Belgian euthanasia death for mental suffering - could happen under Tasmanian law

The  UK Telegraph is reporting the death of a person in Belgium on the grounds of "unbearable psychological suffering".
Both the Telegraph and the Australian headlined their articles that Nathan Verhelst was 'euthanised in Belgium after botched sex change'. This is a sensational headline; while materially it is true, as the articles explains, Verhelst was euthanased on the grounds of "unbearable psychological suffering" both as a result of a poor outcome of the operation and long standing psychological issues that stemmed back to childhood. Very sad.
The killing was conducted by a Dr Wim Distelmans, a cancer specialist who also killed the Belgian twins who were going blind last year. Marc and Eddy Verbessem looked for some time before they found a doctor who was willing to act - evidence of the phenomenon of doctor shopping. The articles do not indicate if Verhelst sought out Distelmans because of his earlier killing of the Verbessem brothers, but I think it fair to wonder at this, especially as Distelmans is an oncologist and not a psychiatrist or psychologist.
Distelmans defended his actions: "The choice of Nathan Verhelst has nothing to do with fatigue of life," said Dr Distelmans. "There are other factors that meant he was in a situation with incurable, unbearable suffering. Unbearable suffering for euthanasia can be both physical and psychological. This was a case that clearly met the conditions demanded by the law. Nathan underwent counseling for six months."
This was confirmed by Jacqueline Herremans, a member of the national euthanasia committee, who told RTL television that, 'he had been examined by two doctors, including a psychiatrist, to make sure he was not suffering from a temporary depression.'
When analysing any proposed bill, including the bill currently before the Tasmanian parliament, a legitimate line of thinking for parliamentarians and others is to consider the question: whom will this Act directly affect? Often in the realm of the hypothetical, it all depends upon the wording. 
Here's how the Belgium law is framed:

the patient is in a medically futile condition of constant and unbearable physical or mental suffering that can not be alleviated, resulting from a serious and incurable disorder caused by illness or accident;

As with the local hospital refusing the request of the Verbessem twins, clearly not all Belgian doctors are happy that their law allows for this, the Telegraph summarizing that, 'The case has revived the debate in Belgium over whether euthanasia should be given to those who are psychologically troubled or only to terminally ill patients. The country is also deciding if it should extend euthanasia to children.'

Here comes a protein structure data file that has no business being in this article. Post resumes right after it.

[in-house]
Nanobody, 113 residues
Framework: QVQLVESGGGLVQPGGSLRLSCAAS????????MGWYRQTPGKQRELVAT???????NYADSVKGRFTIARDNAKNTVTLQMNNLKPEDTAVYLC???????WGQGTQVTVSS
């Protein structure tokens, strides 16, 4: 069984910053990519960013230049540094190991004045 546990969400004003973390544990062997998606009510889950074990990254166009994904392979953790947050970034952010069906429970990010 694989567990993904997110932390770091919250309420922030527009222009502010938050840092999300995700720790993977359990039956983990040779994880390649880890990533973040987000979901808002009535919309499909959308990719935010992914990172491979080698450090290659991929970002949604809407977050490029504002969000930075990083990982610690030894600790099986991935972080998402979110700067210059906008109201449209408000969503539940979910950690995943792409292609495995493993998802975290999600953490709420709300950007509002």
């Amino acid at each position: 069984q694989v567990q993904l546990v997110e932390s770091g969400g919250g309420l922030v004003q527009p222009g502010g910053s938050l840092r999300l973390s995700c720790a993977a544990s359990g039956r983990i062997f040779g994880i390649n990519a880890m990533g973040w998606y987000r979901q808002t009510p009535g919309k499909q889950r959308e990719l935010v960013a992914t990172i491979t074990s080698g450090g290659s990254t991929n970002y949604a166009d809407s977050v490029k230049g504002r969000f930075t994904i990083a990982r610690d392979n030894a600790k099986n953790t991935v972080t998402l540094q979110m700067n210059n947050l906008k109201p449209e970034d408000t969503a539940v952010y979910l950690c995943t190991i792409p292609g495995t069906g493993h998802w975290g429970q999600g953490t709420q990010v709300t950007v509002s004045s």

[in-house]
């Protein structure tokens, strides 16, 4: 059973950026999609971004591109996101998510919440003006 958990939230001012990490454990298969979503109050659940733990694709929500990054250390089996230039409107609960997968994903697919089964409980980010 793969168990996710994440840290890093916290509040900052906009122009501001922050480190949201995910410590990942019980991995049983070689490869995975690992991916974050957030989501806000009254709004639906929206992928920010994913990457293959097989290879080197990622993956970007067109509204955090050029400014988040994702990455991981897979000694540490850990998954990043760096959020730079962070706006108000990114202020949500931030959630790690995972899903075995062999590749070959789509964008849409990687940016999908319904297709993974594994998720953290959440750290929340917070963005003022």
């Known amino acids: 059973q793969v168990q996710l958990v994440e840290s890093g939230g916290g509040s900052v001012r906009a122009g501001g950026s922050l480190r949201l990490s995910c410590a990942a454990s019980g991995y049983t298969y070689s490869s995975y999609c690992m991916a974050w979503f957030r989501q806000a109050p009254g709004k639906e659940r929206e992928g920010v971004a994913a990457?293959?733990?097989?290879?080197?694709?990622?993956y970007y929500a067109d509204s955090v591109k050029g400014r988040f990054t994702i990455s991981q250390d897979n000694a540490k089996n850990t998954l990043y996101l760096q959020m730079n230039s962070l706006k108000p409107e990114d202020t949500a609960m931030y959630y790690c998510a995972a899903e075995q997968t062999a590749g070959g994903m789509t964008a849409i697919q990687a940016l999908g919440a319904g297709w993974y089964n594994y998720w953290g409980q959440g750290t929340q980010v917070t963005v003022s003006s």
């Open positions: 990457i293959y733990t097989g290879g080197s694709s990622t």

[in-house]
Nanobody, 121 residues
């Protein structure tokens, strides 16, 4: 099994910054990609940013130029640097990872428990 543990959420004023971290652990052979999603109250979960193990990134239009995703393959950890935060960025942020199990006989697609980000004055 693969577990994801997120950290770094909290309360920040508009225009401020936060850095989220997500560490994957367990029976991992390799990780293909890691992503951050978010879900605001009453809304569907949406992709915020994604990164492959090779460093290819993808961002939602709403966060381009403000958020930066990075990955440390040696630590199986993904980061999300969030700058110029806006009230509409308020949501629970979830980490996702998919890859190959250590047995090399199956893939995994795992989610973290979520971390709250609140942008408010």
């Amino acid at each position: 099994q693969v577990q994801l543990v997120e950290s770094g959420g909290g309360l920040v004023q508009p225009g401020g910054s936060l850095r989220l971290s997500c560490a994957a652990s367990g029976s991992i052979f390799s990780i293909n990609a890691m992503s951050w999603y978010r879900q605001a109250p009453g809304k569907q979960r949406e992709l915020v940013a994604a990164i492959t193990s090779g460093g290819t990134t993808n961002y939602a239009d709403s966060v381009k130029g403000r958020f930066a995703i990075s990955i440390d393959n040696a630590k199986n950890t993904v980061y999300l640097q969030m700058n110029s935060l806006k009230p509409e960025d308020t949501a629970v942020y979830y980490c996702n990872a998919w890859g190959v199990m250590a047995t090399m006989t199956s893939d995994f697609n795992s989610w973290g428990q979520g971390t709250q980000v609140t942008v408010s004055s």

So, how could the Tasmanian bill, if it were passed, look upon a request from someone in Verhelst's situation? The Voluntary Assisted Dying Bill 2013 is not restricted to terminally ill patients:
This from the Tasmanian Bill:
11. Eligible medical condition
(1) For the purposes of this Act, an eligible medical condition is an incurable and irreversible medical condition, whether caused by illness, disease or injury –

(a) that would result in the death of a person diagnosed with the medical condition and that is causing persistent and not relievable suffering for the person that is intolerable for the person; or
(b) that is a progressive medical condition that is causing persistent and not relievable suffering, for a person diagnosed with the medical condition, that is intolerable for the person –

and that is in the advanced stages with no reasonable prospect of a permanent improvement in the person's medical condition.

Verhelst would qualify under subsection (b). He had a psychological condition which, in his opinion was not relievable and was intolerable. Clearly his condition had progressed and, at least for the simple reason that he had the medical condition since it developed in childhood, he was in an advanced stage of his illness.
The naysayers can argue that the Tasmanian bill was not intended for such cases (as clearly some are arguing in Belgium), and we can concede that this kind of scenario will not have been in the mind of the Premier, Lara Giddings or Nick McKim. Who could imagine such a scenario? We can be sure that the Belgian Parliament never did.
The naysayers, and reasonable rational people besides, may also recoil and say that Tasmanian doctors would never do that. But don't fall into the trap of thinking that the Belgians are that different from us. I doubt that many Belgians would see this any differently. But it happened.